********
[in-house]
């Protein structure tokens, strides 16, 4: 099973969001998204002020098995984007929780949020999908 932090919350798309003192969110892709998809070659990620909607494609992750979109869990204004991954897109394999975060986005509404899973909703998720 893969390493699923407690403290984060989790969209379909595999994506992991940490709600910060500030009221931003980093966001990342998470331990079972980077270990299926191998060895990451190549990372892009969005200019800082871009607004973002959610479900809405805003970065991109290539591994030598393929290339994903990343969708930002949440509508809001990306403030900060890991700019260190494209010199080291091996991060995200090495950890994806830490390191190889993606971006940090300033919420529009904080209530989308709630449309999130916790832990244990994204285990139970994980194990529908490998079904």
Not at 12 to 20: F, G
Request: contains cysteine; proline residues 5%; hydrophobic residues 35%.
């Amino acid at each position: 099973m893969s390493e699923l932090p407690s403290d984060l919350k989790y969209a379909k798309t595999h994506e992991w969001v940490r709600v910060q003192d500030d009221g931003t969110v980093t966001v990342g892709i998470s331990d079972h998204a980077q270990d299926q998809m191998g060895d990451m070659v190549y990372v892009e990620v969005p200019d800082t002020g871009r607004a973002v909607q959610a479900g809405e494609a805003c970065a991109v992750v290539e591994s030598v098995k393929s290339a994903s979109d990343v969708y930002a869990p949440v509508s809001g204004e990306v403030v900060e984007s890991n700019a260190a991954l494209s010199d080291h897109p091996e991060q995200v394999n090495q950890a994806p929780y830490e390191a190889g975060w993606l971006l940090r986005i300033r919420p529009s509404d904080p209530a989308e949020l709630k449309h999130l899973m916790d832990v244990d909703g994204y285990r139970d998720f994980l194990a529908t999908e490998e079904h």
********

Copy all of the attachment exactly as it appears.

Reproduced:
[in-house]
């Protein structure tokens, strides 16, 4: 099973969001998204002020098995984007929780949020999908 932090919350798309003192969110892709998809070659990620909607494609992750979109869990204004991954897109394999975060986005509404899973909703998720 893969390493699923407690403290984060989790969209379909595999994506992991940490709600910060500030009221931003980093966001990342998470331990079972980077270990299926191998060895990451190549990372892009969005200019800082871009607004973002959610479900809405805003970065991109290539591994030598393929290339994903990343969708930002949440509508809001990306403030900060890991700019260190494209010199080291091996991060995200090495950890994806830490390191190889993606971006940090300033919420529009904080209530989308709630449309999130916790832990244990994204285990139970994980194990529908490998079904």
Not at 12 to 20: F, G
Request: contains cysteine; proline residues 5%; hydrophobic residues 35%.
């Amino acid at each position: 099973m893969s390493e699923l932090p407690s403290d984060l919350k989790y969209a379909k798309t595999h994506e992991w969001v940490r709600v910060q003192d500030d009221g931003t969110v980093t966001v990342g892709i998470s331990d079972h998204a980077q270990d299926q998809m191998g060895d990451m070659v190549y990372v892009e990620v969005p200019d800082t002020g871009r607004a973002v909607q959610a479900g809405e494609a805003c970065a991109v992750v290539e591994s030598v098995k393929s290339a994903s979109d990343v969708y930002a869990p949440v509508s809001g204004e990306v403030v900060e984007s890991n700019a260190a991954l494209s010199d080291h897109p091996e991060q995200v394999n090495q950890a994806p929780y830490e390191a190889g975060w993606l971006l940090r986005i300033r919420p529009s509404d904080p209530a989308e949020l709630k449309h999130l899973m916790d832990v244990d909703g994204y285990r139970d998720f994980l194990a529908t999908e490998e079904h």